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12 great Memorial Day getaways

We've rounded up 12 convenient Memorial Day escapes from coast to coast to ensure that you spend more time enjoying your blues festival (or pool party) than you do deciding where to go.

Thinking about taking a break for Memorial Day? Now is the time to start planning. To point you in the right direction, we looked for celebrations across America that offered something special in honor of the Memorial Day holiday, be it a unique patriotic tribute, a celeb-worthy pool party, an epic blues festival, or a vineyard tour. But reading about a party that's taking place miles and miles from home is frustrating, not fun. That's why we highlighted places that are easily accessible no matter where you are in the U.S. (all of the cities called out under "easy getaway" are within either a 1.5-hour flight or four-hour drive from the featured destination). Consider this your guide to three-day weekend bliss.

SEE PHOTOS OF THE PLACES!

Palm Springs, Calif.: For guaranteed summer weather

While most beach seasons are just beginning, Memorial Day marks the end of bearable temps in the desert, so hotels and operators are running specials for the holiday. Though other parts of California will be in the midst of "May Gray" and "June Gloom," Palm Springs still has nonstop sunshine—plus dozens of vintage shops, acclaimed restaurants such as Copley's on Palm Canyon (where celebrity chef Andrew Copley whips up So Cal comfort food like lobster pot pie) and an enduring love for all things mid-century (its hotels and private homes offer some of the best examples of 1950s modern architecture in the country). It also makes a great base camp for exploring the striking desert landscape of Joshua Tree National Park through hikes, mountain biking, or rock climbing—don't miss a scenic ride on the Palm Springs Aerial Tramway, one of Budget Travel's most beautiful cable cars in the world.
WHERE TO STAY Book one of the 157 pet-friendly rooms, with pool or mountain views and complimentary use of the hotel's desert cruiser bicycles, two pools, hot tub, cabana beds, BBQ area, and fire pit, at The Curve Palm Springs. From $129 per night. Call and mention "Budget Travel" for 20 percent off bookings over the weekend.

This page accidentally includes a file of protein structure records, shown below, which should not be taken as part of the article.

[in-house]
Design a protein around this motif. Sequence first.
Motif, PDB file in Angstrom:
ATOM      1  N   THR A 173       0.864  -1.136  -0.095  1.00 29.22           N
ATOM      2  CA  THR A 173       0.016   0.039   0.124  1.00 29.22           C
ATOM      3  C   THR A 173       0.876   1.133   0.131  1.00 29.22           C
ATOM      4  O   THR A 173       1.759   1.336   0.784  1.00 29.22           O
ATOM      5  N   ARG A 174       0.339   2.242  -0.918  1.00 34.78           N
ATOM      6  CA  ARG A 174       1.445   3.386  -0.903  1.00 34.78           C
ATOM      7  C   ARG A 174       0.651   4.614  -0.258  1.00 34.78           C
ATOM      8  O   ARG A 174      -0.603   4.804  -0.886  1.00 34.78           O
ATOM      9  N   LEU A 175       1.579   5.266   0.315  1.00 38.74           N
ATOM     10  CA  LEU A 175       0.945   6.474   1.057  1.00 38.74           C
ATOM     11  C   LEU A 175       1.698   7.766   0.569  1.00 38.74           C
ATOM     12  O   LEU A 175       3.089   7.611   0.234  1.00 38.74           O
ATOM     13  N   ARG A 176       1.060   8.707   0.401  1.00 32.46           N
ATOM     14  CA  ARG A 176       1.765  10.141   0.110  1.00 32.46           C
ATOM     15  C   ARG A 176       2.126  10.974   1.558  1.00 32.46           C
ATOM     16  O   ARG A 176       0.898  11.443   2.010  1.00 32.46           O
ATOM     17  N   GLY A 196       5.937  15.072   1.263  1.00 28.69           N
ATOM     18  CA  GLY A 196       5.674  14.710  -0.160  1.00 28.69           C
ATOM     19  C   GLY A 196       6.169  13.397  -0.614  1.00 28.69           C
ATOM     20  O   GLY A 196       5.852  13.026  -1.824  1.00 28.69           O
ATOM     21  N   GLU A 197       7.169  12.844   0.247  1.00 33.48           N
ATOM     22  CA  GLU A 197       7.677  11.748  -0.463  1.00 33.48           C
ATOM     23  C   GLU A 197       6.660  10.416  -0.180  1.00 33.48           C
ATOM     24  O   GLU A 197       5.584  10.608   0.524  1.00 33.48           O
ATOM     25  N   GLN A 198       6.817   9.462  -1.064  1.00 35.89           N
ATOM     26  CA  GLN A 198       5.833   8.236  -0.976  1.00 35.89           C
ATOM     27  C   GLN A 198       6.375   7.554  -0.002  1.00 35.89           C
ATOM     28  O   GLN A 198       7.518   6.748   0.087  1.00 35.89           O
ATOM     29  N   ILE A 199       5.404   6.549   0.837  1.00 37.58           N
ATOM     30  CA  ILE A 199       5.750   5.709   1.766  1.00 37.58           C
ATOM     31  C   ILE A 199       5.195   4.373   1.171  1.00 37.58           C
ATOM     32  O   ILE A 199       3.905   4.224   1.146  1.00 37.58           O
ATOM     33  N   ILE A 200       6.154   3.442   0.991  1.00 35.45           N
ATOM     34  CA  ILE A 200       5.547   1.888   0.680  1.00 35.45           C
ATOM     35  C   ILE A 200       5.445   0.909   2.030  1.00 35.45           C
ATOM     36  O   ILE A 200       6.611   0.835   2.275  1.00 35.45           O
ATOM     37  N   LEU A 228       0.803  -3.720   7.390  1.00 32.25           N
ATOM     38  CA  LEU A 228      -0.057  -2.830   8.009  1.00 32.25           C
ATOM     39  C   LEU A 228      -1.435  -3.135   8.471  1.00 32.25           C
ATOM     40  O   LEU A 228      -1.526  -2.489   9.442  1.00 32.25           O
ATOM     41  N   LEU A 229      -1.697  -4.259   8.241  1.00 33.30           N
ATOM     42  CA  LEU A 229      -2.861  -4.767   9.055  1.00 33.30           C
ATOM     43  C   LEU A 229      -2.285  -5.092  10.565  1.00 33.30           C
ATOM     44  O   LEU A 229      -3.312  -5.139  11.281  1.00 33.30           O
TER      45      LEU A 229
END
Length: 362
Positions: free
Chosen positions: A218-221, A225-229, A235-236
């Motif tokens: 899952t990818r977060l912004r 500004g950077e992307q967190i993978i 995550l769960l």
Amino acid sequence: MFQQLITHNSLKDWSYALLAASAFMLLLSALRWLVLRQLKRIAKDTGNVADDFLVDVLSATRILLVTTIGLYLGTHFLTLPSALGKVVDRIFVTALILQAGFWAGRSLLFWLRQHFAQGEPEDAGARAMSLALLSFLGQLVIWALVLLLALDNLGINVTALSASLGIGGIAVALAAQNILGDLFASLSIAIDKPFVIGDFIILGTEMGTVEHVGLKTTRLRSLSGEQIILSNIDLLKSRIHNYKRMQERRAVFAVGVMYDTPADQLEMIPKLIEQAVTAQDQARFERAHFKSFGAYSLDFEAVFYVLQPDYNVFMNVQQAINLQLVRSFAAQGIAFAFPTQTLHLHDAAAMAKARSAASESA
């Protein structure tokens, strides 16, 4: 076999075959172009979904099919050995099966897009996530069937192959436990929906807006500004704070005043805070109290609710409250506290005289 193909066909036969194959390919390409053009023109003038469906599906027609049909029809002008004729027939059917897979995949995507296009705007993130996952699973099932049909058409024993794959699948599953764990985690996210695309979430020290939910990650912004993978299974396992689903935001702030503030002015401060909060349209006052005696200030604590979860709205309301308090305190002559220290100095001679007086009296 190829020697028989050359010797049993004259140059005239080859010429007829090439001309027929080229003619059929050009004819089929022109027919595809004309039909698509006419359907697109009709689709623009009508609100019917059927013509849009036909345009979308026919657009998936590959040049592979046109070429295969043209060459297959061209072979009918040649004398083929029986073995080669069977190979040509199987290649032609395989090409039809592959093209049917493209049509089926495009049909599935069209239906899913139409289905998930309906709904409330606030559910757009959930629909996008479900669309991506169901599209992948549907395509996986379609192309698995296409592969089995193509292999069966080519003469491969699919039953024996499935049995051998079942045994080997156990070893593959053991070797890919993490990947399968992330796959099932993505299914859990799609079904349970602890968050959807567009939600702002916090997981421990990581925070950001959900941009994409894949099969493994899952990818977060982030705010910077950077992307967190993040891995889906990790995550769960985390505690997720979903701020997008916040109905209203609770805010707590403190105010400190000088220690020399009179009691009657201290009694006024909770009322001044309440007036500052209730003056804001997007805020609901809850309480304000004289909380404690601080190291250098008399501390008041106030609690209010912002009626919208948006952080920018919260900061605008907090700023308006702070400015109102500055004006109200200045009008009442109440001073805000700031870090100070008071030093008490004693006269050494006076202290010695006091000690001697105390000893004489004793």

EASY GETAWAY FROM Los Angeles; San Francisco; Phoenix; Las Vegas.

Washington, D.C.: For patriotism, pomp, and circumstance

As you might guess, Washington D.C. is the most patriotic place to celebrate the holiday, with a parade and plenty of pomp and circumstance taking place during special military ceremonies. The Thursday before Memorial Day, soldiers at Arlington National Cemetery put flags before each gravestone, while a wreath-laying ceremony happens on Memorial Day at the Tomb of the Unknowns accompanied by performances from the U.S. Army Band. Men in uniform also march in the National Memorial Day Parade along the National Mall at 2 p.m. Don't miss the National Memorial Day Concert Sunday on the West Lawn of the U.S. Capitol from 8 p.m. to 9:30 p.m.
WHERE TO STAY
Kimpton Hotels is running a Memorial Day weekend special at two of its hip properties—check in Thursday or Friday and you'll save 20 percent on two-night stays and 30 percent on three-three night stays between May 23rd and 28th. From $125 a night at the Monaco Baltimore and from $143 a night at the Lorien Hotel & Spa in Alexandria.
EASY GETAWAY FROM
Baltimore; Boston; Charleston, S.C.; Columbus, Ohio; Hartford, CT; Louisville, Ky.; Nashville; New York City; Providence.

Las Vegas: For only-in-Las-Vegas-style parties by the pool

Memorial Day weekend in Las Vegas is one of the busiest times of the year, along with New Year's Eve. Parties held around the resorts' elaborate pools are the big event, and become daylight nightclubs with DJs, drink carts, bottle service, cabanas, and more. To get in on the action, grab a chaise at the Venus Pool Club at Caesars Palace—ladies always get in free, while admission is free for men Monday thru Thursday, with reduced rates before 2 p.m. Friday thru Sunday. The Tropicana Las Vegas opened its Bagatelle Beach & Nightclub last Memorial Day weekend, featuring Mediterranean food and comfy daybeds to lounge in by day, with poolside dining and a new nightclub by night—admission is $30 for men, $20 for women, and Nevada residents get in free with a valid ID. The XS Nightclub at the Wynn Las Vegas & Encore Resort will host DJ Afrojack Saturday night and David Guetta on Sunday night among other electronica superstars over the weekend—tickets can be purchased ahead of time starting at $55 for men and $25 for the ladies.
WHERE TO STAY
The Orleans Hotel & Casino is just off the main drag and offers free shuttle service to and from the Strip every 30-45 minutes between 9 a.m. and 12:30 a.m. The hotel offers its own casino, comedy club, cabaret lounge, Irish pub, movie theater, bowling alley, as well as playgrounds and arcades for the kiddies. From $115 per night over Memorial Day weekend.
EASY GETAWAY FROM
Los Angeles; San Francisco.

Saint Louis: For Blues, bar-b-que, and the ultimate treasure hunt